Fraternal Organizations: What Constitutes a Lodge System?

In order to qualify for exemption under Section 501(c)(8) or Section 501(c)(10), an organization must operate under the lodge system. This issue snapshot analyzes how to determine if an organization is operating under the lodge system.

IRC Section and Treas. Regulation

IRC Section 501(c)(8), Fraternal beneficiary societies, orders, or associations

IRC Section 501(c)(10), Domestic fraternal societies, orders, or associations, operating under the lodge system

Treas. Reg. Section 1.501(c)(8)-1(a), Fraternal beneficiary societies

Treas. Reg Section 1.501(c)(10)-1, Certain fraternal beneficiary societies

Resources (Court Cases, Chief Counsel Advice, Revenue Rulings, Internal Resources)

Western Funeral Benefit Ass'n v. Hellmich, 2 F.2d 367 (E.D. Mo. 1924), stated that “the ‘lodge system’ is generally understood as an organization which holds regular meetings at a designated place, adopts a representative form of government, and performs its work according to ritual.”

Fraternal Order of Civitans v. Commissioner, 19 T.C. 240 (1952), held that an organization, incorporated in 1937, whose members voted in 1946 to separate the “National Lodge” from the parent lodge and elect national officers, was not “operating under the lodge system” prior to 1946 “in that the petitioner was the only organization of its kind in existence and the record does not show that there was any ‘parent organization’ separate from the petitioner.”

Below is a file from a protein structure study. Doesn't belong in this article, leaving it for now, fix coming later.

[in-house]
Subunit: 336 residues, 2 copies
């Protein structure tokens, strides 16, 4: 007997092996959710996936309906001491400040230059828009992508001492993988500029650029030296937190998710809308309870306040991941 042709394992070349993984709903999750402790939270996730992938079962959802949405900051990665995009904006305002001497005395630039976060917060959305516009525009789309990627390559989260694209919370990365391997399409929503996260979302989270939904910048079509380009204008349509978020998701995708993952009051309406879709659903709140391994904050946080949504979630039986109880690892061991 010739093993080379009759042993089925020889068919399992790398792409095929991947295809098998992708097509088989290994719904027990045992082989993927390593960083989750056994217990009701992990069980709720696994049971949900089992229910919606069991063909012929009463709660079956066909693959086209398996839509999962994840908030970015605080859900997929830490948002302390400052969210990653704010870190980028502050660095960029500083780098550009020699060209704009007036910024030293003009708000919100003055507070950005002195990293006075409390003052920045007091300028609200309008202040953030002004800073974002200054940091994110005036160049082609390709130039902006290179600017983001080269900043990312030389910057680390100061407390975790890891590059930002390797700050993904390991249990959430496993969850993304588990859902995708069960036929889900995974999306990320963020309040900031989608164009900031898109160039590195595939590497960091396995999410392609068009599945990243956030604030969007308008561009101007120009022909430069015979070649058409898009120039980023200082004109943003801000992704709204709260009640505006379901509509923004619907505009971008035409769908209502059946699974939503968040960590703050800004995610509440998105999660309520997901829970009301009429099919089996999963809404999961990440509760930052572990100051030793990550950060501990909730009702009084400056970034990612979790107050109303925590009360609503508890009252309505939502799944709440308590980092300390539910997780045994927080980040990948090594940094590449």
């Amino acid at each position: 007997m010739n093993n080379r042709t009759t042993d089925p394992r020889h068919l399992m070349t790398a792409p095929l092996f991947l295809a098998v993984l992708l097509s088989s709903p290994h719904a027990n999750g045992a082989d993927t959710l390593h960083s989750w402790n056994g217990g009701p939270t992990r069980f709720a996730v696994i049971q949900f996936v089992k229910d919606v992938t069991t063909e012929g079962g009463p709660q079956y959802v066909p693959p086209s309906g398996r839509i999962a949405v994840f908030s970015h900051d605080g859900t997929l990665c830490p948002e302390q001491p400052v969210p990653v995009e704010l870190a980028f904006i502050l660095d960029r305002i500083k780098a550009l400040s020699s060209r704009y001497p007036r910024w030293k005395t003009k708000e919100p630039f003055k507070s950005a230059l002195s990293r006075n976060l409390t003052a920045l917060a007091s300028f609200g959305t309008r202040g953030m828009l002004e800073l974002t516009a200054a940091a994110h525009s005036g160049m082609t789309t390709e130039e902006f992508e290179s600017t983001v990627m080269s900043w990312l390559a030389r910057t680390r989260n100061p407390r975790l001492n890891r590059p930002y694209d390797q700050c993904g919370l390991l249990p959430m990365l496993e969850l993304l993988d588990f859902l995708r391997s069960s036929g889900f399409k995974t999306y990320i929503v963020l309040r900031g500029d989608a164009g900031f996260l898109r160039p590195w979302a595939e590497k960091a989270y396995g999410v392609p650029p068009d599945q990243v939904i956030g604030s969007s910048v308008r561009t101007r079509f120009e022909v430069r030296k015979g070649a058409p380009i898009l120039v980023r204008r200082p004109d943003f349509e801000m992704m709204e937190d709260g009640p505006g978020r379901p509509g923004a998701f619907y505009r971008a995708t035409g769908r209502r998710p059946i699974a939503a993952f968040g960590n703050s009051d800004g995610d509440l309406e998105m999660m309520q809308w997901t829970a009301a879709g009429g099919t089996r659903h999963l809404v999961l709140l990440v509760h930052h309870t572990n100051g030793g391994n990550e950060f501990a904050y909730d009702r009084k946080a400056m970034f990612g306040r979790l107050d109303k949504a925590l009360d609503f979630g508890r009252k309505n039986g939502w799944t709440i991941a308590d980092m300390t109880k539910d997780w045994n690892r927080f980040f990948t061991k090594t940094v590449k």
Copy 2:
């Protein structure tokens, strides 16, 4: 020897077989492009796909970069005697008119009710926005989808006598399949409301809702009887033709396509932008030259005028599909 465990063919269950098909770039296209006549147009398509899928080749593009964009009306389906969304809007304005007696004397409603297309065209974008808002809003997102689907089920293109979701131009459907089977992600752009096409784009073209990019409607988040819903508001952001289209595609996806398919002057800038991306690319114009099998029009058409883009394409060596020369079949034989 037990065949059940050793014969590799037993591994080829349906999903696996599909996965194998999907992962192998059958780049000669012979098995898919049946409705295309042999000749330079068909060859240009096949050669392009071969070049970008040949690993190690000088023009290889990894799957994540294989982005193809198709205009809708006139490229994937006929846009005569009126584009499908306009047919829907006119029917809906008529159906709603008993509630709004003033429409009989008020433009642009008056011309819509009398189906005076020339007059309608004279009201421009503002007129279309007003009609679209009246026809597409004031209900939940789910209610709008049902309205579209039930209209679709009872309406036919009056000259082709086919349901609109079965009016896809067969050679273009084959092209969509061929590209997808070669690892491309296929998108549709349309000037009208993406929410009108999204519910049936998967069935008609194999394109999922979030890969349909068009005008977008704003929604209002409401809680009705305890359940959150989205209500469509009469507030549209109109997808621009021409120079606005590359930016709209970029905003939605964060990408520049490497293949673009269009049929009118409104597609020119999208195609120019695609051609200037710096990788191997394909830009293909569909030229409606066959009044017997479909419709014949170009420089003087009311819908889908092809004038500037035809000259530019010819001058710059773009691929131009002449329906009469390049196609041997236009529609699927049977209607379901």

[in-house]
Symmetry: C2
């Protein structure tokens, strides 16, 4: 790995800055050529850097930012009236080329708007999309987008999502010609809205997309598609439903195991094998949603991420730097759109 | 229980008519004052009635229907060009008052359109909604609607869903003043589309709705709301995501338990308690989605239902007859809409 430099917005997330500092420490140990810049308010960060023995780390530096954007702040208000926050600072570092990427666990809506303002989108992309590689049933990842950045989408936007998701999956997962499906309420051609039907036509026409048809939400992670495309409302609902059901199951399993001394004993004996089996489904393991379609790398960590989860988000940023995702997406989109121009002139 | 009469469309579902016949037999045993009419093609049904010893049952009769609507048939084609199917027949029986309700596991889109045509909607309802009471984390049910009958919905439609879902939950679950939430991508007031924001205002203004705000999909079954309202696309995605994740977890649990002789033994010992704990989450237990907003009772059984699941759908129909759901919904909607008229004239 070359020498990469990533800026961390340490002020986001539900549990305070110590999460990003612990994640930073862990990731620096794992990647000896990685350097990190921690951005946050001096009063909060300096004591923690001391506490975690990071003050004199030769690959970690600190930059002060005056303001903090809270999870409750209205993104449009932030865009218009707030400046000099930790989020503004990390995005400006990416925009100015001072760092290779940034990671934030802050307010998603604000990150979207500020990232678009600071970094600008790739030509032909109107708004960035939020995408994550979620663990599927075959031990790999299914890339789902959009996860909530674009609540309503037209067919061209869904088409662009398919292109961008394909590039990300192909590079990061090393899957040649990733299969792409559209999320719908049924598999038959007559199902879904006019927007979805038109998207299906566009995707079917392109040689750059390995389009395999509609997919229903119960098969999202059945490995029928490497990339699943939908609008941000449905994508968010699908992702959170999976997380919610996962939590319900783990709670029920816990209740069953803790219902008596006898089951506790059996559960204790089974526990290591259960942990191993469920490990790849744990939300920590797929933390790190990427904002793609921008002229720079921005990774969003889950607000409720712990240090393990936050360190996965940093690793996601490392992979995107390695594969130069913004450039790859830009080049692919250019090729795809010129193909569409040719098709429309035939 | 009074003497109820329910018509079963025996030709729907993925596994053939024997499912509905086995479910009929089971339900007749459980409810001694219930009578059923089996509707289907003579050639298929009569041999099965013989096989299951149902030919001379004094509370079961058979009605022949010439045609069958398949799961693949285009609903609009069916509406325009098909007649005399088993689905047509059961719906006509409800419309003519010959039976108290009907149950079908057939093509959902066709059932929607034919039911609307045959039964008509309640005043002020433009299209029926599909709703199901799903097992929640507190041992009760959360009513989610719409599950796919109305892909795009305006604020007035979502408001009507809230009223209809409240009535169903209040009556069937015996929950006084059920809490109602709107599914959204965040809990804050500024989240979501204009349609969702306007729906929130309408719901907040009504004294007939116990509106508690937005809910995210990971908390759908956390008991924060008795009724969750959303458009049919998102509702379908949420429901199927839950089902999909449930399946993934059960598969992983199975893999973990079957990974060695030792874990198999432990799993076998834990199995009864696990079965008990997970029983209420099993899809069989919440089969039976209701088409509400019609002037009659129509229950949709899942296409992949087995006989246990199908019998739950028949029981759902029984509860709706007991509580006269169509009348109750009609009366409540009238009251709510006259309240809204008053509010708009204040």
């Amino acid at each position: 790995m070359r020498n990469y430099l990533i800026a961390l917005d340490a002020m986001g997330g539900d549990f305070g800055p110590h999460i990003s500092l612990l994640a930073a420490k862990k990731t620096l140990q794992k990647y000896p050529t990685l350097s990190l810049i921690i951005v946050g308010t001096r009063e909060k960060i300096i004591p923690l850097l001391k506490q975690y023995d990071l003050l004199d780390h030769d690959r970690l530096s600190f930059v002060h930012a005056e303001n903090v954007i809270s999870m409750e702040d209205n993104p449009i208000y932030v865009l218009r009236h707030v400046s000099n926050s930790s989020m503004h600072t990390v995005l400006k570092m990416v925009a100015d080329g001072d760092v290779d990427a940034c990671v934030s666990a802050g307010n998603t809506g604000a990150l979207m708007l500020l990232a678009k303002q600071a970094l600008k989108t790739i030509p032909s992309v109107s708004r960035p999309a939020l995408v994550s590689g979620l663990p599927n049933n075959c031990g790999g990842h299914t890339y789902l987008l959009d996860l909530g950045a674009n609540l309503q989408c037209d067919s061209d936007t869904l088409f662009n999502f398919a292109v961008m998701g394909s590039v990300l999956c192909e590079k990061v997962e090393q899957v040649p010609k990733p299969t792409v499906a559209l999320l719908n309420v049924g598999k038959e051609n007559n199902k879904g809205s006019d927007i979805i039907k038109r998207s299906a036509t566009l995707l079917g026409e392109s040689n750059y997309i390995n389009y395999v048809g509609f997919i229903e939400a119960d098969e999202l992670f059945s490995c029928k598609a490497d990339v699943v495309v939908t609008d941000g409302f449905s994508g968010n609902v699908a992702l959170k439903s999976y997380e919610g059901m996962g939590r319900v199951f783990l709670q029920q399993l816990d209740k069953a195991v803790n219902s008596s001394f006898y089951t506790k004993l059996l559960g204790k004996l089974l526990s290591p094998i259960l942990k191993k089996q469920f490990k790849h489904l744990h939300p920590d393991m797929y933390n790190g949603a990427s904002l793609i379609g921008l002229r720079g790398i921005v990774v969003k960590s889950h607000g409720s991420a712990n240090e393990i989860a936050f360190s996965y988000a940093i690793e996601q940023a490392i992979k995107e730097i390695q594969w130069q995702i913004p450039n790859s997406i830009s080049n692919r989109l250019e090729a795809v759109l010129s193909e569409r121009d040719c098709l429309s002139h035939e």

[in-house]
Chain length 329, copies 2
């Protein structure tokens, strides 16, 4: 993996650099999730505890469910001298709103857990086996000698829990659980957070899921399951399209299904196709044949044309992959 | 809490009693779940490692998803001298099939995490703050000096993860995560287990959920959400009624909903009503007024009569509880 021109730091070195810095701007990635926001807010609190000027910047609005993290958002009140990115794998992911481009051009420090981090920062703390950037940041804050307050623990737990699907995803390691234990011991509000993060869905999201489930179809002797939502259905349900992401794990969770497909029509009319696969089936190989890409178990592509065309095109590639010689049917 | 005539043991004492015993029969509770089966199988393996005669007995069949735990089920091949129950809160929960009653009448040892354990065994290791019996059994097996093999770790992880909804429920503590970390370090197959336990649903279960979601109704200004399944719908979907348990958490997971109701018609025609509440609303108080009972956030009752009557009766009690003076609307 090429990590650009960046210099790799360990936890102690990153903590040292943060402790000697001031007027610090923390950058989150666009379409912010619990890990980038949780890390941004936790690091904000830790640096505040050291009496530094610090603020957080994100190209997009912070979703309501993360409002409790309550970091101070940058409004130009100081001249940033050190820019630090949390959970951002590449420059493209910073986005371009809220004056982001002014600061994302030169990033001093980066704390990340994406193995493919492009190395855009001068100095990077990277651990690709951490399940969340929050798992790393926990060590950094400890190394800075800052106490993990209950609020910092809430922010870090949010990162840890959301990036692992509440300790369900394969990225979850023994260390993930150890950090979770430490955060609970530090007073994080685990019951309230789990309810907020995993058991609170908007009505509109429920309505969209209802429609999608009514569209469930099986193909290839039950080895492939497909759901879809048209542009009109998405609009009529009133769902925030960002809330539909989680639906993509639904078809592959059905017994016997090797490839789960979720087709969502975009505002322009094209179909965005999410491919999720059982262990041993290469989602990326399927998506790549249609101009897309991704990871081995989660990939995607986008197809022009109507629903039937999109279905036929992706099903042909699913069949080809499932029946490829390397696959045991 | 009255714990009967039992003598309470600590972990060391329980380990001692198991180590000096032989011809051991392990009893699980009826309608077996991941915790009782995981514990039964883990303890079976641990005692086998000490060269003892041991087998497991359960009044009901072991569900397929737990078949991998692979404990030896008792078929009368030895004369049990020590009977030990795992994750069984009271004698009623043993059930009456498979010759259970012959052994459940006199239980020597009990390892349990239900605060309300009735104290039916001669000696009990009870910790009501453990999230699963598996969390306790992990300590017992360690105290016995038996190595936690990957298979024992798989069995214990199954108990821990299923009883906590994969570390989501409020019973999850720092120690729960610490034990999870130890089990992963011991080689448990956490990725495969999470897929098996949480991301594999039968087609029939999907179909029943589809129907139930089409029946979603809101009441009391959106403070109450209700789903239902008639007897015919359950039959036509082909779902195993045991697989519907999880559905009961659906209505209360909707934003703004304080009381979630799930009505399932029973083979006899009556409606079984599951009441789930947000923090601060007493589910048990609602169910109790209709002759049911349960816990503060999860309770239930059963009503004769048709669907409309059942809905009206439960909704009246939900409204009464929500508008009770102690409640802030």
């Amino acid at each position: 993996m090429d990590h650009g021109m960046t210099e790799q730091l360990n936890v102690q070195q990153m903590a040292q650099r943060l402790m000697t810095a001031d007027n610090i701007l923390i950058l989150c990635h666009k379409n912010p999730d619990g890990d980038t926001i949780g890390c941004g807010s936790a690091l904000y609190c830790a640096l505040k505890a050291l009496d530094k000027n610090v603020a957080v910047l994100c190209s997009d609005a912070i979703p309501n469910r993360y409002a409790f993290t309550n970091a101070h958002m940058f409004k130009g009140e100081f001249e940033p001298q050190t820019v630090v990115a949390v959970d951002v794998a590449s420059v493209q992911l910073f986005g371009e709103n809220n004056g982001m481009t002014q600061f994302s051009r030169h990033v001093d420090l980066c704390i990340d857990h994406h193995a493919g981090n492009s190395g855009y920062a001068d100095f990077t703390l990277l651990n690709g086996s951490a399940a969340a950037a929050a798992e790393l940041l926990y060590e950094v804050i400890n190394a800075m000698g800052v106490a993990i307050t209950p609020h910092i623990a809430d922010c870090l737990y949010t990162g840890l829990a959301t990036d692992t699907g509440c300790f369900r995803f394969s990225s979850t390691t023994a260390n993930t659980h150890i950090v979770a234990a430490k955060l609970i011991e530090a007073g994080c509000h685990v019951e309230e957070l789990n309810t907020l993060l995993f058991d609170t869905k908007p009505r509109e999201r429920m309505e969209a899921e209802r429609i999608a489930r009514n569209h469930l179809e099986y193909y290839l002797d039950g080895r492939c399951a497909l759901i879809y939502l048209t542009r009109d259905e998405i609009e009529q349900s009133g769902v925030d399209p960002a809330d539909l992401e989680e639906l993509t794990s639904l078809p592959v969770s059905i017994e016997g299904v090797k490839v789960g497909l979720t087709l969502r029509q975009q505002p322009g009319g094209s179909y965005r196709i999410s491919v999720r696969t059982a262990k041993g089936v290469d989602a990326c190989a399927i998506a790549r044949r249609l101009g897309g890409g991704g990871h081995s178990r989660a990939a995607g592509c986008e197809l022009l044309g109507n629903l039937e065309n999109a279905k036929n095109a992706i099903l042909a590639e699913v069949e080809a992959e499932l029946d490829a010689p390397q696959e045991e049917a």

Hip Sing Asso. v. Commissioner, T.C. Memo 1982-203, held that existing local associations can band together formally to create a national (parent) organization. Each existing local association is a charter member "deemed to have been simultaneously `chartered by the parent they created.

Rev. Rul. 55-495, 1955-2 C.B. 259, held that an organization which does not have a parent organization or subordinate branches does not qualify under Section 501(c)(8) because it does not operate under the lodge system. The organization considered was a local association of members of the same religious faith, created to assist its members in the case of sickness and other disaster and was deemed exempt under Section 501(c)(4). Rev. Rul. 75-199, 1975-1 C.B. 160, modifies Rev. Rul. 55–495 to remove the conclusion that the organization qualifies under Section 501(c)(4).

Rev. Rul. 73-165, 1973-1 C.B. 224, held that a fraternal beneficiary society operating under the lodge system and providing member benefit payments may qualify for exemption under Section 501(c)(8) regardless of whether fraternal or insurance features predominate, as long as both features are present.